We’ve all been there – stepping out of bed in the winter months, only to be greeted by the cold surface of the floors below. That’s no way to wake up!
But what can you do about it? Other than carpeting, which is soft and insular, or large area rugs, most wall-to-wall floor coverings are hard surface solutions that aren’t known for being warm.
One solution is to install a heating system of some kind for your flooring, whether you’re working with hardwood, laminate, vinyl or tile. Radiant floor heating, for example, can be applicable to a variety of different floor plans – and there’s no better time to get the job done than right before the coldest months of the year hit!
Read on for more info about when, where and how to install and use radiant heat in your floors.
On the right is what you don’t see – on the left is what you do! Product featured: Armstrong Vivero Good vinyl plank in Underground Brown
What is radiant heat flooring, and how does it work?
Radiant heat is an in-floor heating system. It can be a safe way to luxuriously heat chillier spaces in your home, or part of a larger strategy to heat and insulate your entire home.
If you’re looking for ways to increase the resale value of your home, installing radiant heat is a great way to attract and upsell potential buyers.
So how does it work? To start, you need to understand the basic physics of how home heating works. Hot air has a natural tendency to rise, dispersing much of the valuable heat in your home overhead, where it largely isn’t needed. This is especially an issue in homes with particularly high ceilings.
That’s where heated floors come in. Not only does radiant heat warm the floors themselves, but that heat will slowly drift up through the air over time, evenly distributing heat throughout your home rather than blasting it all through a single vent at once.
In short: radiant heat in your floors will lead to more comfortable heat while using less energy. It’s a highly efficient investment that will save you money later.
The challenges and benefits of heated flooring
If radiant heat is more efficient and more comfortable, why isn’t it a standard in all homes? There are a variety of reasons, and a few important considerations to mull over before making a decision.
First, radiant heat is actually not very effective underneath carpeting, which already insulates rooms. In fact, the insulating properties of carpet will actually prevent heat from below from entering a room – trapping it within the carpet instead.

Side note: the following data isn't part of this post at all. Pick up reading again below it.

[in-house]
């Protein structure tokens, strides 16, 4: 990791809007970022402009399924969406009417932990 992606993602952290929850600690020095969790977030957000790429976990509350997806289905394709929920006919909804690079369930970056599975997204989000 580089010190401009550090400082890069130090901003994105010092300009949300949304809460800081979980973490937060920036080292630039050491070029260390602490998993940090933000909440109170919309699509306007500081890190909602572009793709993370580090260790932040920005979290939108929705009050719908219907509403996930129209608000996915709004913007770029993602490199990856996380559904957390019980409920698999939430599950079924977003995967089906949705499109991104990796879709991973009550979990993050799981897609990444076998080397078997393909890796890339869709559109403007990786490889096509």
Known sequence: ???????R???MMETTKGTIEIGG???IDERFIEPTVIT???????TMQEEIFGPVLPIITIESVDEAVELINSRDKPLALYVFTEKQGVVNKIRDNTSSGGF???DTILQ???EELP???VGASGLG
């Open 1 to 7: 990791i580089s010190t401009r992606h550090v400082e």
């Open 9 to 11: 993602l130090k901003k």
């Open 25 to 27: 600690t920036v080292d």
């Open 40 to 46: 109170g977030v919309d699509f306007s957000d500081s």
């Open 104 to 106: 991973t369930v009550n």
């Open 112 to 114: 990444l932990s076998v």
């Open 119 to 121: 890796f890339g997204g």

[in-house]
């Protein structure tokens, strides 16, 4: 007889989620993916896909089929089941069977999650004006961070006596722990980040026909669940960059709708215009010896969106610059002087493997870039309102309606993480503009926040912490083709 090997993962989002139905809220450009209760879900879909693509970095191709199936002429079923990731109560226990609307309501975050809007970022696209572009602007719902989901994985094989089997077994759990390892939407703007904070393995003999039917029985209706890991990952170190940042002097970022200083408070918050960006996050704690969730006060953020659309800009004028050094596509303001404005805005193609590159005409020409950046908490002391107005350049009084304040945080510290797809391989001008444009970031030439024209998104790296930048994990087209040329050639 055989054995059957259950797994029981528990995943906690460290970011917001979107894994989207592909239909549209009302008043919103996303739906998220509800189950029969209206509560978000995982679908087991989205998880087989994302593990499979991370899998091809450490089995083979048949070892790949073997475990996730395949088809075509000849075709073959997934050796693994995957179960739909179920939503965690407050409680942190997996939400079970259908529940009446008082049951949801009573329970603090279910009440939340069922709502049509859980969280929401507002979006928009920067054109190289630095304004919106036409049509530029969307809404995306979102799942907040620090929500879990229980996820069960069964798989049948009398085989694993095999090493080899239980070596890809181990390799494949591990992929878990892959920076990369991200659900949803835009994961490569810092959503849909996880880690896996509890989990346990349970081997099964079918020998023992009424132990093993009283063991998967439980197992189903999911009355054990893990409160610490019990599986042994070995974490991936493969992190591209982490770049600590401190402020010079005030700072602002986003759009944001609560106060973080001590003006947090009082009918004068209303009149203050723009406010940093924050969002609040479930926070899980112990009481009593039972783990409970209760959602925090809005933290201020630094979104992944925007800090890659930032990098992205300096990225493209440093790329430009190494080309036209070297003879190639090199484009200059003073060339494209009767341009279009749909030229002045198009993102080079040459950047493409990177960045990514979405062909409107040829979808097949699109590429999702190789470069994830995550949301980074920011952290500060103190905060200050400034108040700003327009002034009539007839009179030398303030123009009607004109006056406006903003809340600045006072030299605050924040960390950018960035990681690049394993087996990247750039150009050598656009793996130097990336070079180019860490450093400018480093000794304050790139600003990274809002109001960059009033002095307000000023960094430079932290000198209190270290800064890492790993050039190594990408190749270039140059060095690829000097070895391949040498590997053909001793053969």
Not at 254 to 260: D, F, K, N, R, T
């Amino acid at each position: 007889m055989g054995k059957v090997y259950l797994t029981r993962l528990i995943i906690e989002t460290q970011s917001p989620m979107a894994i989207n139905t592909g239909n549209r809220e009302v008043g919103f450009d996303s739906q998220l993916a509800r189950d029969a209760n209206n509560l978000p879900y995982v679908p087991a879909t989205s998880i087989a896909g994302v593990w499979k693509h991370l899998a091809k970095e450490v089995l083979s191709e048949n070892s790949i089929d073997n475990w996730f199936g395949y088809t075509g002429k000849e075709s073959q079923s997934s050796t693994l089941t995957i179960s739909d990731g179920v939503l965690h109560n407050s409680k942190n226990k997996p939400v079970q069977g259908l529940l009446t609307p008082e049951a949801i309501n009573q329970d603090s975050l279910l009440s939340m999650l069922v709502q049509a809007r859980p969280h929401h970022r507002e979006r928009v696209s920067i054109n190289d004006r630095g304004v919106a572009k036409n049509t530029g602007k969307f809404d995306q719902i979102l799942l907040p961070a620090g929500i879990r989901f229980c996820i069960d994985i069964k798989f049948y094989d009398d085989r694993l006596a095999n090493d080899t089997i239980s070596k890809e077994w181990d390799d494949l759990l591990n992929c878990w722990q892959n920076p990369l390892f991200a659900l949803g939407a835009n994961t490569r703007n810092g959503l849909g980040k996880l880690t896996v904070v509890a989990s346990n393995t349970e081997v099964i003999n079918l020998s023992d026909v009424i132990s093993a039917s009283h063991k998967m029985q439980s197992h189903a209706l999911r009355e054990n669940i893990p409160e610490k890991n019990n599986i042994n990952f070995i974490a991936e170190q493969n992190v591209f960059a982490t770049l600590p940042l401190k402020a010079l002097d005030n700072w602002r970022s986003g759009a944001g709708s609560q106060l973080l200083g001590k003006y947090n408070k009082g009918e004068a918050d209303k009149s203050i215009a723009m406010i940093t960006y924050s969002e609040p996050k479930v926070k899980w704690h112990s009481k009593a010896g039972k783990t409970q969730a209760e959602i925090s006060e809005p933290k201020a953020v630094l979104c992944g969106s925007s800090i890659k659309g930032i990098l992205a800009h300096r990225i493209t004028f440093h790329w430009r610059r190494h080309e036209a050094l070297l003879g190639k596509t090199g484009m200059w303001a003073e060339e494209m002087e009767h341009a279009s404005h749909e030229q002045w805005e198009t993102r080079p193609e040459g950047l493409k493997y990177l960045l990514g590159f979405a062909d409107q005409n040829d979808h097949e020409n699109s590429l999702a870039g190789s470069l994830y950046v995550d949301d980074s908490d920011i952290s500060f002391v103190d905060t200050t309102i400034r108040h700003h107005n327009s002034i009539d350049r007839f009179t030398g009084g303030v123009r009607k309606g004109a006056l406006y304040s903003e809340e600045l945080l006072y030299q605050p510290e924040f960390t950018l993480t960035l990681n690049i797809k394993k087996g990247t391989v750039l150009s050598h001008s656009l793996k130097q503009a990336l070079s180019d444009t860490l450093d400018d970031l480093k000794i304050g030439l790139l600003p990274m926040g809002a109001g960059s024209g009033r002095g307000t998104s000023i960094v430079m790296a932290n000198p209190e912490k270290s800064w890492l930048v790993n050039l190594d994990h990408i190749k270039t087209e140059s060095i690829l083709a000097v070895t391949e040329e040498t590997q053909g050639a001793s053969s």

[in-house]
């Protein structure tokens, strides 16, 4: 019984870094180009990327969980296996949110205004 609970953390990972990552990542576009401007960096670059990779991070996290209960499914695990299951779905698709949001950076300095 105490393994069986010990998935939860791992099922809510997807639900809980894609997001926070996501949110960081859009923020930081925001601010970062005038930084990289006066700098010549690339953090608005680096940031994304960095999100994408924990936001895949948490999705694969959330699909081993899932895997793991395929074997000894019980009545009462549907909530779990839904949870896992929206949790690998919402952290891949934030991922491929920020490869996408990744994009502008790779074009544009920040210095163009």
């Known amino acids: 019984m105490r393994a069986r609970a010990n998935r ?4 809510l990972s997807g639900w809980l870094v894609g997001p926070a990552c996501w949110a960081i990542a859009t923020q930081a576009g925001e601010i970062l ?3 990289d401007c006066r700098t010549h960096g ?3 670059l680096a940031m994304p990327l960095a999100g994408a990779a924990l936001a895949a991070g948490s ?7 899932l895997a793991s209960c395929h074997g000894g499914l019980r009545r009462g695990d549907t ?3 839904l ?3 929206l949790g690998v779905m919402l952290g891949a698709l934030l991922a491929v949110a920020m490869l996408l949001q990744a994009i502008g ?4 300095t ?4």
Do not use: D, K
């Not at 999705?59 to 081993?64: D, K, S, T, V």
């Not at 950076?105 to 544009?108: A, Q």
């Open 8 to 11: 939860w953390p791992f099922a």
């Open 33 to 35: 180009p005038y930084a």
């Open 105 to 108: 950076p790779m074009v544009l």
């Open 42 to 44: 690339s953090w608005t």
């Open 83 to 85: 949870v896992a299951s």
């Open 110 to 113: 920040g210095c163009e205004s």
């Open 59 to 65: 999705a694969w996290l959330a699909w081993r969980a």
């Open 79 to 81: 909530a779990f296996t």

The hard-surface flooring types are typically much better-suited to radiant heat systems.
- Higher installation cost than normal flooring
- Longer installation time required to install a radiant heating system
- Floor height needs to be adjusted to account for the space needed underneath for the heating system. Usually, floor height will increase by less than ½ inch, depending on the type of system you choose.
The longer installation time is a result of additional components that are needed to ensure safe operation of your system. For example, a self-leveling compound is typically needed between the system and the floors themselves, which requires time to dry – typically a couple days.
- A more energy-efficient heating system that will save you money on your energy bill and more evenly and comfortably distribute heat throughout your home
- Easy to operate once installed
- Systems are hidden from view, giving you more freedom to design your space
- Works with all flooring types (though not recommended for carpet)
- Easy to install, despite the time & cost required
The ideal rooms for heated floors
So where does radiant heat work best? The most common area for installation of these systems in homes is the bathroom. Why? The most common bathroom flooring materials, natural stone and ceramic tile, are also the most efficient radiators of heat. They also tend to be some of the chilliest floors in winter, leading many homeowners to add systems to their bathrooms to combat the issue.
Radiant heat works well under chilly bathroom floors, which are often made of tile, laminate or vinyl. Product featured is COREtec Plus vinyl tile in Orion.
Other rooms where tile is commonly found, such as your home’s mudroom, foyer or other entryway, are also great places for radiant heat systems. If you can imagine the extra-pleasant feeling of coming home after work in the dead of winter and being greeted by the warmth of a heated floor, it won’t take you long to figure out why.
Even if you don’t have a lot of tile in your home, wood floors are a good compromise. While not quite as conductive of heat, they will still radiate warmth upward, achieving a similar effect. At the same time, natural, solid wood floors are already considered a luxury by homebuyers – you can only add to that value by installing a heating system below!
How to install radiant heat flooring systems
If your home is under construction, you can have a “wet installation” done, embedding your system into concrete. If you’re simply looking to upgrade your existing home by retrofitting a system beneath your current floor, you can layer a heating system above, below or within your subfloor.
You don’t have to fill a whole room with radiant heat – one common practice is to heat an accent area, such as the space immediately surrounding a toilet, tub or shower.
If you’re thinking about replacing the flooring in part of your home, you may want to consider installing a radiant heat system at the same time to kill two birds with one stone. While you’re here, we encourage you to explore the many beautiful and affordable hardwood, laminate, vinyl and tile options available to you from Flooring Liquidators! All of these products would make a great pair with a new heated flooring system.